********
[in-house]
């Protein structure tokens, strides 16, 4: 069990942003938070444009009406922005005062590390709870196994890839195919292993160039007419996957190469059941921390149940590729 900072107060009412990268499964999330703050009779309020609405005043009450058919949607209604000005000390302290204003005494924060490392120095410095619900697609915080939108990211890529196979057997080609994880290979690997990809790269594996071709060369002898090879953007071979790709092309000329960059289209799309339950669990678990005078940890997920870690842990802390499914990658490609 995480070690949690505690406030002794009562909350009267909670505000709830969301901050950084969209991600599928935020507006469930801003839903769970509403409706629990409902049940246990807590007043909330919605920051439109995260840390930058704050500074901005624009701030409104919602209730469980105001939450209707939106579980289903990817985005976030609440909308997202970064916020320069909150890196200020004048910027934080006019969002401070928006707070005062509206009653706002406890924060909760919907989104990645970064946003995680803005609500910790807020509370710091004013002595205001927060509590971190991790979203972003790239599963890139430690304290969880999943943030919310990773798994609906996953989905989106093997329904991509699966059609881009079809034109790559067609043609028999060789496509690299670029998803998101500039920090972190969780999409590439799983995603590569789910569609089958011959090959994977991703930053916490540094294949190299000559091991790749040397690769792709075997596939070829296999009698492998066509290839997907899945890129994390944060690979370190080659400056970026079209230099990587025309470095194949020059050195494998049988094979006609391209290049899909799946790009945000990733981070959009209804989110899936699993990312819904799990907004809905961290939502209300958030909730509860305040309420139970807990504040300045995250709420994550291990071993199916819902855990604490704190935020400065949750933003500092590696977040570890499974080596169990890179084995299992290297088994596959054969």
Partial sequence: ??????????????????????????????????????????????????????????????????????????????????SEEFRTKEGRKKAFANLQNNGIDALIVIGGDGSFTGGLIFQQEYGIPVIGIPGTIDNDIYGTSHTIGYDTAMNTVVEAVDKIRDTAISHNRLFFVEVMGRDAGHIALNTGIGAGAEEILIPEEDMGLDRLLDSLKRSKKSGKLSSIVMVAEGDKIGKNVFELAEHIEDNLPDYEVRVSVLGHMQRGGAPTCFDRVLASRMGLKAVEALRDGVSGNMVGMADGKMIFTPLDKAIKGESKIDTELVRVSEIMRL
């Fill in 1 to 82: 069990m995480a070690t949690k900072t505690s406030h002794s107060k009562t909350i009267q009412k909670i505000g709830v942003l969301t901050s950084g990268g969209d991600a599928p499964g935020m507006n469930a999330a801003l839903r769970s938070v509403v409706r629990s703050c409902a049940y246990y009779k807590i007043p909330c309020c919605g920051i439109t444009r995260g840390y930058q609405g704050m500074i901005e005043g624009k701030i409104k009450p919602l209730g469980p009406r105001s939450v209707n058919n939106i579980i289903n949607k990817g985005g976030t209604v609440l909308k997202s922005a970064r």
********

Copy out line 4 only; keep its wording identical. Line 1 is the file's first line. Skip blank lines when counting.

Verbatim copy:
């Fill in 1 to 82: 069990m995480a070690t949690k900072t505690s406030h002794s107060k009562t909350i009267q009412k909670i505000g709830v942003l969301t901050s950084g990268g969209d991600a599928p499964g935020m507006n469930a999330a801003l839903r769970s938070v509403v409706r629990s703050c409902a049940y246990y009779k807590i007043p909330c309020c919605g920051i439109t444009r995260g840390y930058q609405g704050m500074i901005e005043g624009k701030i409104k009450p919602l209730g469980p009406r105001s939450v209707n058919n939106i579980i289903n949607k990817g985005g976030t209604v609440l909308k997202s922005a970064r």